The 46th Annual World Series of Poker (WSOP) announced some rather drastic changes to its format this week, in an effort to market its events to amateur players who have somewhat vacated the tournament.
The 2015 WSOP will include 11 brand new events, 68 bracelets, greater guaranteed cash outs, smaller buy-in options, and more than $200 million in prize money. Poker’s largest festival kicks off May 27 at the Rio All-Suite Hotel and Casino in Las Vegas and runs through July 14.
While professionals represent only a slim percentage of the total poker playing community, they have dominated the marquee titles over the last few years, prompting many to speculate whether the game’s popularity with a more mainstream player pool is diminishing.
With its Main Event television ratings continuing to slide, the WSOP could use another Chris Moneymaker-type run to convince casual players into believing they have a chance at beating the top players in the world. To increase its odds of seeing another miracle, tournament organizers are going to great lengths to generate enthusiasm, and hopefully, participation.
Small Buy-Ins, Big Rewards
Eleven new events will debut at this year’s WSOP, but none more exciting than the opening weekend’s (May 29 – 30) $565 Colossus No-Limit Hold’em, the smallest WSOP entry fee in 35 years. Expected to set a live tournament record with more than 10,000 entrants, Colossus comes with a massive $5 million pool guarantee.
The first online bracelet will also be awarded through Nevada’s WSOP.com real money website. The $1,000 buy-in begins May 31 and is a fast, two-day NLHE event that will conclude with the final two players competing at the Rio on July 2. Although the event would be more attractive if it incorporated WSOP’s New Jersey player pool, it’s a step in the right direction.
Other new events include:
$1,500 Extended Play NLHE features longer, 90-minute levels (June 20-23)
$1,000 Super Seniors NLHE for those over 65 (June 21-23)
$5,000 Turbo NLHE is a two-day structure with a high buy-in (June 26-28)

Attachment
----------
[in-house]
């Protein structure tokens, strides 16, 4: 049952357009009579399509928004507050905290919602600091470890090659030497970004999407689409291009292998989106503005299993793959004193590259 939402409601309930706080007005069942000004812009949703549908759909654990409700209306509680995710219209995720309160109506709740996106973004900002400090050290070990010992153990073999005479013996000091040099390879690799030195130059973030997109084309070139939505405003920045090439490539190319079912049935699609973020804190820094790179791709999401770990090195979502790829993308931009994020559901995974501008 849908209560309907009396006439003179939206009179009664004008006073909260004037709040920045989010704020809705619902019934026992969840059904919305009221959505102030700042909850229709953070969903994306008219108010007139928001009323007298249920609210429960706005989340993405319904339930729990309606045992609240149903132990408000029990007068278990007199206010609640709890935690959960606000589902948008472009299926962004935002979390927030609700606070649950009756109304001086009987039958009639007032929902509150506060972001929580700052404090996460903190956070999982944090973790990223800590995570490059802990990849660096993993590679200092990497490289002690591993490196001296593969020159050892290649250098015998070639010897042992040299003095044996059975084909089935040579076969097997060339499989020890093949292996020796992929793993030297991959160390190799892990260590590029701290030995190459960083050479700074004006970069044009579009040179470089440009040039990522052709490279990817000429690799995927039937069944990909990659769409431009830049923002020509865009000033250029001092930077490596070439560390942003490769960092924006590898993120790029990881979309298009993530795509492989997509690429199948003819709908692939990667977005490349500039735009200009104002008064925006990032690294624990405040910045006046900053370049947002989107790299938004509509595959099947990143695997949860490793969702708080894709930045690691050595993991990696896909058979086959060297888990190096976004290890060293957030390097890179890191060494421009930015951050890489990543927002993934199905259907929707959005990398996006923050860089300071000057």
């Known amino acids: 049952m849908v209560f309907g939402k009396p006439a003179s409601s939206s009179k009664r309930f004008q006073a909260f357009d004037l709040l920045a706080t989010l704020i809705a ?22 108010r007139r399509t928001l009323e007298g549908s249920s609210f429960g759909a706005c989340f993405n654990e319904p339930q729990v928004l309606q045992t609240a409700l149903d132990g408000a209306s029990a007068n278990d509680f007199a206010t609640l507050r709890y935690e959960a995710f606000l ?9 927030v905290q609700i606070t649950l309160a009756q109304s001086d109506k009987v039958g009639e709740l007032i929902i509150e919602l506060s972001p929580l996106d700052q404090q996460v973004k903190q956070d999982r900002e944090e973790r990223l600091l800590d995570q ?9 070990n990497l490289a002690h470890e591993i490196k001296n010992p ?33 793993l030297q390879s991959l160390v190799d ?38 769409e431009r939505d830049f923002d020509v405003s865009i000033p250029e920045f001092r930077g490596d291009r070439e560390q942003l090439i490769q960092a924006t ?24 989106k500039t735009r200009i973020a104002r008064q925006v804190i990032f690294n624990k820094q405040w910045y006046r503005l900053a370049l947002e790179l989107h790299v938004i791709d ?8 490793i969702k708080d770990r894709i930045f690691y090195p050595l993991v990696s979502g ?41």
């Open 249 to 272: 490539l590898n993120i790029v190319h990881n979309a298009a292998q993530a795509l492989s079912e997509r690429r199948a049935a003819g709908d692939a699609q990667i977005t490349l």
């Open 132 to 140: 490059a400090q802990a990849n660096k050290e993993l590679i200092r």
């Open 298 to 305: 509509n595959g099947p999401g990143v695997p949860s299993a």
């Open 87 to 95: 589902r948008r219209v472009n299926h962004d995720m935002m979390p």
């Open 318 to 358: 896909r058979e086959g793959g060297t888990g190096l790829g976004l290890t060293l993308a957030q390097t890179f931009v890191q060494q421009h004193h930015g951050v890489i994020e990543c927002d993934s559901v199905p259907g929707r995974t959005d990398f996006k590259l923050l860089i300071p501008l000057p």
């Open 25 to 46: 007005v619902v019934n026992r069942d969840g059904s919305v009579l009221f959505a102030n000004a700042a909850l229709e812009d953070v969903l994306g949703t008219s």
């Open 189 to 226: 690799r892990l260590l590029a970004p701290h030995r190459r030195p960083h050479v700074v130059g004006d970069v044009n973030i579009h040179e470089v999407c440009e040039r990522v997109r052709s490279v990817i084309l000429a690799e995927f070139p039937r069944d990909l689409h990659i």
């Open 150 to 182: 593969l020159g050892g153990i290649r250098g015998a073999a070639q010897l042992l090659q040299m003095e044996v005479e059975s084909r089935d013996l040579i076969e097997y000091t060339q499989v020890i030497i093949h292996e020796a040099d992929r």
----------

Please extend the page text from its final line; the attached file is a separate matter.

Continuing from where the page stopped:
$1,500 DraftKings 50/50 NLHE featuring half of the field cashing (June 27-29)
$25,000 High Roller 8-handed PL Omaha (June 29-July 2)
$1,500 Bounty NLHE puts players as bounties, each being worth $500 (July 1-3)
$777 Lucky 7’s NLHE (July 3-5)
$10,000 Dealer’s Choice comes with 19 variants, the most ever in a single WSOP event (July 3-5)
The event schedule has everyone covered.
“If you’ve never thought about coming to Las Vegas for the WSOP, this is the year,” said WSOP Executive Director Ty Stewart. “Now more than ever, the WSOP has something for everyone.”
More Chips, More Cashes, More Players?
Another twist likely to appeal to the more novice player is the increase in starting chips for all buy-ins under $10,000. Most events raised starting chip counts by 66 percent from their 2014 totals. Since play will likely reach additional levels due to more chips on the table, lower buy-in events will now include the 250/500 blind and later, the 2500/5000.
The changes the World Series of Poker revealed all boil down to ensuring the health of its $10,000 No-Limit Hold’em Main Event remains strong. Bringing players to the tournament series, regardless of event in 2015, strengthens the future of not only the WSOP, but poker as a whole.
The Main Event is guaranteeing 1,000 finishers will cash if at least 5,000 register. Also, the November Nine will all walk away with at least $1 million if entries surpass last year’s 6,683 total.
Though the champion will take less than the $10 million Martin Jacobson grabbed, organizers are betting more cashes will lead to an influx of participants. And the WSOP is likely hoping its winner comes with a “rags to riches” story about playing poker casually, taking his or her talents to Vegas, and upstaging the pros.